Coal is the number-one single source for increasing global temperatures, with coal-fired electricity generation accounting for 30% of the world’s carbon dioxide emissions. And yet, scores of banks and institutional investors continue to pump money into supporting and expanding this fossil fuel industry, new research finds.
As of January 2021, institutional investors such as pension funds, asset managers and insurance companies around the world held investments worth more than $1 trillion in coal, with U.S. investors collectively holding 58% of the institutional investment in the global coal industry.
Commercial banks, meanwhile, have increased their funding of coal companies since the 2016 signing of the Paris climate agreement, in which countries pledged to limit global warming to well below 2 degrees Celsius.
The new research, released Thursday by Urgewald, Reclaim Finance and Rainforest Action Network along with 26 other nonprofits, examined the money flowing to 934 coal companies using information from financial databases. “This is the first time anyone has attempted to analyze commercial banks’ and institutional investors’ exposure to the entire coal industry,” said Katrin Ganswindt, the head of financial research at Urgewald.
The investment firm Vanguard is the largest institutional investor in coal, according to the research, with holdings of almost $86 billion. It’s followed by BlackRock, the world’s largest asset manager, which holds more than $84 billion in coal investments, according to the research. These two U.S.-based investors together are responsible for 17% of the total institutional investment in the world’s coal industry.
These findings comes after a number of financial institutions in recent years announced new policies restricting their coal industry lending.
BlackRock, for example, has divested from companies making more than 25% of their revenue from thermal coal for its actively-managed funds. A spokesperson for BlackRock said that “our conviction is that climate risk is investment risk,” but that the firm cannot divest when it comes to index funds, which track lists of companies.
For these funds, the spokesperson said, “We ask all companies to disclose their plan for alignment with a global net-zero economy by 2050. ... Where we do not see sufficient progress, we take voting action.”
A spokesperson for Vanguard said that most of the firm’s coal holdings were in index funds and that the firm engages with these companies: “We make clear our expectations that they pursue globally accepted climate risk mitigation targets such as those in the Paris Agreement and report on their short- and long-term progress toward meeting those goals. Where companies are not moving in line with market regulation or taking the necessary action to mitigate climate risk, we will take action.”
The researchers also examined lending and underwriting services by commercial banks. “What surprised me,” said Ganswindt, “is that, for banks, we cannot see a clear downward trend for overall [coal] financing.”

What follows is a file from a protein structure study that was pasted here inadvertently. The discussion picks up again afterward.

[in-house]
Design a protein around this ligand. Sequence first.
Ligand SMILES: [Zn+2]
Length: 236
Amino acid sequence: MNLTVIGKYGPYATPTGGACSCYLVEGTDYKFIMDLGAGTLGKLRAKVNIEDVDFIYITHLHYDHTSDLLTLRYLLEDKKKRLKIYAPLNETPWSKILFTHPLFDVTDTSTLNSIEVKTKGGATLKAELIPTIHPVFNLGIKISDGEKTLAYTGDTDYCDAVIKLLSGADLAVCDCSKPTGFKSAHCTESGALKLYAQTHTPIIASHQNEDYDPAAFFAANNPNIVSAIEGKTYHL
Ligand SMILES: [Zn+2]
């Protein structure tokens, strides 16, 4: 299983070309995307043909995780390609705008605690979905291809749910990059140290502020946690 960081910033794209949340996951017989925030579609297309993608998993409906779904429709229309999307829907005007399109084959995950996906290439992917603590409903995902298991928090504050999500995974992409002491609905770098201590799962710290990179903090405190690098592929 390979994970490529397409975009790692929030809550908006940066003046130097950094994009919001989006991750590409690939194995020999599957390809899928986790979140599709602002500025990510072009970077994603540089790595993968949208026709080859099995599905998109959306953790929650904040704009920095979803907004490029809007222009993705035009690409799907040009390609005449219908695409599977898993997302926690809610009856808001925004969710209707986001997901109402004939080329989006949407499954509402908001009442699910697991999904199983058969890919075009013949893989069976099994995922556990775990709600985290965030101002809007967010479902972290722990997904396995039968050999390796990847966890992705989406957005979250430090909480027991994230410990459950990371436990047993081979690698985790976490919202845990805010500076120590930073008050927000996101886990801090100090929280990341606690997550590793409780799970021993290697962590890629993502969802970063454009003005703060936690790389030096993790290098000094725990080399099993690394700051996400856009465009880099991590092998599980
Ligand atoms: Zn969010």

The total amount that commercial banks are funneling to coal companies through lending and underwriting services increased by 11% between 2016 and 2019, according to the research.
Japanese banks are the top coal lenders, providing $76 billion in coal financing between 2018 and 2020. “The coal policies adopted by Japanese banks are among the weakest in the world,” said Eri Watanabe from 350.org Japan, one of the other nonprofits behind the research. These policies are full of caveats, she said, and don’t rule out financing for companies still building new coal plants in countries such as Japan, Vietnam and the Philippines.
U.S. banks were the second biggest lenders, providing $68 billion to coal companies between 2018 and 2020. Citigroup was the leading U.S. funder with $13.5 billion in loans to coal companies over the last two years.
In April 2020, Citigroup committed to stop providing financial services for thermal coal mining by 2030. But the policy is limited, said Yann Louvel of Reclaim Finance, a nonprofit that tracks financial firms’ coal policies. “If you read the small print,” Louvel said, “the phase-out only applies to companies that generate at least 25% of their revenues from thermal coal mining, thus letting large diversified coal miners slip out of the net.”
Citigroup declined to comment.
U.S. commercial banks are also among the biggest underwriters of coal projects in the world, according to the report, second only to Chinese banks. U.S. banks supplied $104 billion in underwriting services to the coal industry over the past two years.
“These numbers provide a sobering reality check on banks’ climate commitments,” said Louvel. Reclaim Finance has analyzed 237 financial institutions globally with coal policies and said that only 18 have strong policies that significantly restrict coal funding.
The United Nations’ Intergovernmental Panel on Climate Change has said that coal must be phased out by 2050 if the world is to have a chance of tackling the climate crisis.
To achieve this, “the bulk of coal financing and investment must be ended before 2030,” said Paddy McCully, climate and energy program director at Rainforest Action Network. “This is the decade that counts.”
The nonprofits behind the research are calling for urgent action through robust and immediate coal exclusion policies and government intervention. “Now is the time for the finance industry to act,” said Louvel. “A speedy exit from coal finance and investment is not only doable and desirable; it is a question of survival.”